A friend has seen Wes Anderson‘s Grand Budapest Hotel, which will debut at the 2014 Berlinale before opening stateside on 3.7 via Fox Searchlight. “Very Wessy from start to finish, but still very special, very touching and with a little more oomph than standard Anderson,” he begins. “Ralph Fiennes gives it a gravitas that Anderson’s movies have sometimes lacked. I’d rate it way above Moonrise Kingdom, which I quite liked also.

Grand Budapest Hotel has all the playfulness and detached air that you’d expect from Anderson,” he explains, “but at the same time I felt he’s pushing himself a little more, perhaps not out of his comfort zone but at least he’s stretching within his realm.

“The specter of 1930s fascism looms over the whole affair. Most of the film plays in a fantasy Europe of the early 30’s, but Anderson addresses fascism and impending war without making a film about it. (The ‘S.S.’ is called ‘Z.Z.’ as in ‘zig-zag organization’, for example.) The film is a flashback within a flashback within a flashback — a strategy which gives Anderson the opportunity to show how the once grand hotel has gone to the dogs under communism over time.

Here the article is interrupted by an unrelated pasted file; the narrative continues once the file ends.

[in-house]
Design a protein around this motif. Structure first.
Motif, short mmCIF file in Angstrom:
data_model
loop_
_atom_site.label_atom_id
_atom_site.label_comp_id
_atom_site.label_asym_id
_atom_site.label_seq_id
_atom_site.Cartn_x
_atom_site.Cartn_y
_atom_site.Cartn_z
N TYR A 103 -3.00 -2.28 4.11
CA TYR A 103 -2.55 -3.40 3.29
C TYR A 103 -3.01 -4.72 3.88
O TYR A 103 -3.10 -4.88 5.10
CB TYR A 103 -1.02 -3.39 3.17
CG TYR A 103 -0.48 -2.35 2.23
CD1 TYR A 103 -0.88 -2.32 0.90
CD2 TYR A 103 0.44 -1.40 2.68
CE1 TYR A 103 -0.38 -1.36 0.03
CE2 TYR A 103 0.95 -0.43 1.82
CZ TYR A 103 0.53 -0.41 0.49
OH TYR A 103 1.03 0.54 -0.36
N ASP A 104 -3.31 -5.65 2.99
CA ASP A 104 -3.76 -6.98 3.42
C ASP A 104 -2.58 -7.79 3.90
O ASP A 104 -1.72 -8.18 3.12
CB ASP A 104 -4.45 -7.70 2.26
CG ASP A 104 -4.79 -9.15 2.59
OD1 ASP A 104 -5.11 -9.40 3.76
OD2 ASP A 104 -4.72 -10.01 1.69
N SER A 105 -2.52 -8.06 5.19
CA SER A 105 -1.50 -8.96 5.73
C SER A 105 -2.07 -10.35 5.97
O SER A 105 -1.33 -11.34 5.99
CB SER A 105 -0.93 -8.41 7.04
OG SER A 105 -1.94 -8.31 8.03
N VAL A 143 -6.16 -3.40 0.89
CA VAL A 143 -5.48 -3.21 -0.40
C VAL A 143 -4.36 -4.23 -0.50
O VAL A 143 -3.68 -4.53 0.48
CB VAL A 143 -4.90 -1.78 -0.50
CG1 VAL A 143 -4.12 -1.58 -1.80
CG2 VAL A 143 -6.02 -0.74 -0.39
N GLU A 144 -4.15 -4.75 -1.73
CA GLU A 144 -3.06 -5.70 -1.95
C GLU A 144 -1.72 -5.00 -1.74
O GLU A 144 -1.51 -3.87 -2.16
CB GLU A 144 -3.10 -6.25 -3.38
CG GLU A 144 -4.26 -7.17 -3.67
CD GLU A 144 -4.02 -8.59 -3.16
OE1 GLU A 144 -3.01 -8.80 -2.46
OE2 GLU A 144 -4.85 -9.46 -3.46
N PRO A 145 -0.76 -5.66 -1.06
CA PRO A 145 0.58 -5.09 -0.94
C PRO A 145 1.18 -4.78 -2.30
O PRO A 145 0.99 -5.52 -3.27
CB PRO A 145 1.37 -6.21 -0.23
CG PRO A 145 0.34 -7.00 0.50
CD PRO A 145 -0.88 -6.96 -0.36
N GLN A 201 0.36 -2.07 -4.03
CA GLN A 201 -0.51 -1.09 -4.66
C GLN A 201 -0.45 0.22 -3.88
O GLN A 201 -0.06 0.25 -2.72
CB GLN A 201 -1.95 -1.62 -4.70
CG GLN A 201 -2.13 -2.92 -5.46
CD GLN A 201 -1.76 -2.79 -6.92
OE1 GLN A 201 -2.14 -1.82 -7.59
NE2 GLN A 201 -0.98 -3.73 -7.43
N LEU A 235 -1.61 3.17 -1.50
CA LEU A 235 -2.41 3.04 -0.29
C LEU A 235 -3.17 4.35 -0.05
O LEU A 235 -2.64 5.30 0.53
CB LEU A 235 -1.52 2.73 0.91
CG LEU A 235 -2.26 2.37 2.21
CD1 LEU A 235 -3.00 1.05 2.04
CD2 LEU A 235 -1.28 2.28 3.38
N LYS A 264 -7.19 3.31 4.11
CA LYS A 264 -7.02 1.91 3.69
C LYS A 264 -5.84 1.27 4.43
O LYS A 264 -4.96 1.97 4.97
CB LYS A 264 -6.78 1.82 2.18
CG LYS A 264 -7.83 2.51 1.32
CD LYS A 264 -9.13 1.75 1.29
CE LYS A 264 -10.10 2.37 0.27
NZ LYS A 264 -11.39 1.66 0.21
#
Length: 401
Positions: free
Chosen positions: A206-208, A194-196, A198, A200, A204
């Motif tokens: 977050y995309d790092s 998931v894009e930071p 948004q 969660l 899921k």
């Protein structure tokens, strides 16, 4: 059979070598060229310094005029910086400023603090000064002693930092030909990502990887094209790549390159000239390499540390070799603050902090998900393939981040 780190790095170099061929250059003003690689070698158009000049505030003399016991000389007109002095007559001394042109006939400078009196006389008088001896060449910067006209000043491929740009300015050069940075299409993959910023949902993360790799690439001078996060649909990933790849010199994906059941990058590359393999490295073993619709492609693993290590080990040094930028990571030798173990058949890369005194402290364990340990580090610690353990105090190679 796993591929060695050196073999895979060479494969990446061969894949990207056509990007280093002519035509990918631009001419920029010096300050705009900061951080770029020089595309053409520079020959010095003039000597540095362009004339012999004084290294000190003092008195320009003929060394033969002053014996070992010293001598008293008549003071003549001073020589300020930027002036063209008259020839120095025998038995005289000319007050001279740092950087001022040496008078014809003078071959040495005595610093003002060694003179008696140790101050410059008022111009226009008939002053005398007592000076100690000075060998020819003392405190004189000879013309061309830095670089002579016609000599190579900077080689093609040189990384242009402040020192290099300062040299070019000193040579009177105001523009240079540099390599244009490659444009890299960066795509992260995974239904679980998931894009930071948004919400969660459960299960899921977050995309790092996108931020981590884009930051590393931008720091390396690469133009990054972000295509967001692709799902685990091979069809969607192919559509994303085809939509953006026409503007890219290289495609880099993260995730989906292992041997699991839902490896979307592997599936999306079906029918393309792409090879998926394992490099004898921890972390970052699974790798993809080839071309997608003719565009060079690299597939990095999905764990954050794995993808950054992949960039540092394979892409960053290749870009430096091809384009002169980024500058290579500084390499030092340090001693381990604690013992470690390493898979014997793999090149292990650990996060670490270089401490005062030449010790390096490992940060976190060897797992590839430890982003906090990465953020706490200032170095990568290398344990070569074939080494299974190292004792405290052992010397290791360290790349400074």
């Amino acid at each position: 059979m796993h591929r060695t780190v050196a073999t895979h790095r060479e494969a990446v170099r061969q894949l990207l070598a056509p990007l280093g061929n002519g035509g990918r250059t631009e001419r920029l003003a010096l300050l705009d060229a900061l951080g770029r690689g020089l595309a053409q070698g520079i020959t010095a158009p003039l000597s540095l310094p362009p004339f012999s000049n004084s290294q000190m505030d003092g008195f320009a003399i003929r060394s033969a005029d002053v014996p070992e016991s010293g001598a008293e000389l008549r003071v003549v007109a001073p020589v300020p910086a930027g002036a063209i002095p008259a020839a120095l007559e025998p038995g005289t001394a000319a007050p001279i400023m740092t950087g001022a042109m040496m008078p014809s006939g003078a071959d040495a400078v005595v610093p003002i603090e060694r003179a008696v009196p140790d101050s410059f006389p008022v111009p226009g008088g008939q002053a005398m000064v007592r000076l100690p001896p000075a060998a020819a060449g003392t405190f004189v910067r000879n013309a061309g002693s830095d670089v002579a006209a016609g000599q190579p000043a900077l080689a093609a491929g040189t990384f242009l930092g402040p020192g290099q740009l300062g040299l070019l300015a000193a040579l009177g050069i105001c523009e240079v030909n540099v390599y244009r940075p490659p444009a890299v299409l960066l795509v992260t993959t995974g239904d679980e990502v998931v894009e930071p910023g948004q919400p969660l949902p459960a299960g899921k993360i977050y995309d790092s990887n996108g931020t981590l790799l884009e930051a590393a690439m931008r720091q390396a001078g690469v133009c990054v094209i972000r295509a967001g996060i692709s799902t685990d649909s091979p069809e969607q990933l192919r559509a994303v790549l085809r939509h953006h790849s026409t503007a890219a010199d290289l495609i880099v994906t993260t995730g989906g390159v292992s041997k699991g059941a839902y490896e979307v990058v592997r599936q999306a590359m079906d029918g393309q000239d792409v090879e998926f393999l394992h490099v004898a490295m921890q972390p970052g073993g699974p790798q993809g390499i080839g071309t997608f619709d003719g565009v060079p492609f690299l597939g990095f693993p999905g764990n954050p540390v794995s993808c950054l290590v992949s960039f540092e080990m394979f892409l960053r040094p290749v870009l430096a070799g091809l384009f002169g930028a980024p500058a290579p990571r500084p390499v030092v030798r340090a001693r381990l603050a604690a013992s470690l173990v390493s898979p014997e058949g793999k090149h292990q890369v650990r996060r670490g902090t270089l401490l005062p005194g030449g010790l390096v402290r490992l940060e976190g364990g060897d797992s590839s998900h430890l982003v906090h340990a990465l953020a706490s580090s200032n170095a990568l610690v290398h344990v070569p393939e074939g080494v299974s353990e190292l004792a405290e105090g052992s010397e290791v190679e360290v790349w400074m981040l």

“And there is something quite tragic about the two heroes. You could call it a film about loss and grief, in a way.” He didn’t mention who the other hero is besides Fiennes’ “Gustave H.” F. Murray Abraham‘s “Mr. Moustafa”?

“Budapest opens on a girl in the present visiting the grave of a writer who wrote a book about the titular hotel. When she opens the book the film flashes to the writer (Tom Wilkinson) addressing the audience in the ’80s about the difficulty of writing the book. Then it switches to the ’60s when the writer (now played by Jude Law) gets to know the owner of the hotel, who begins to tell him the story of how he came to own it.

“When the movie switches to the 30’s Anderson changes the aspect ratio to 1.33:1, which is pretty much the ratio of most all of the film (during the final minutes he even switches to black and white).

“It’s all done with a lot of love, and the whole flashback scenario actually pays off quite nicely in the end when the narrative flashes forward to the present. I will say no more.”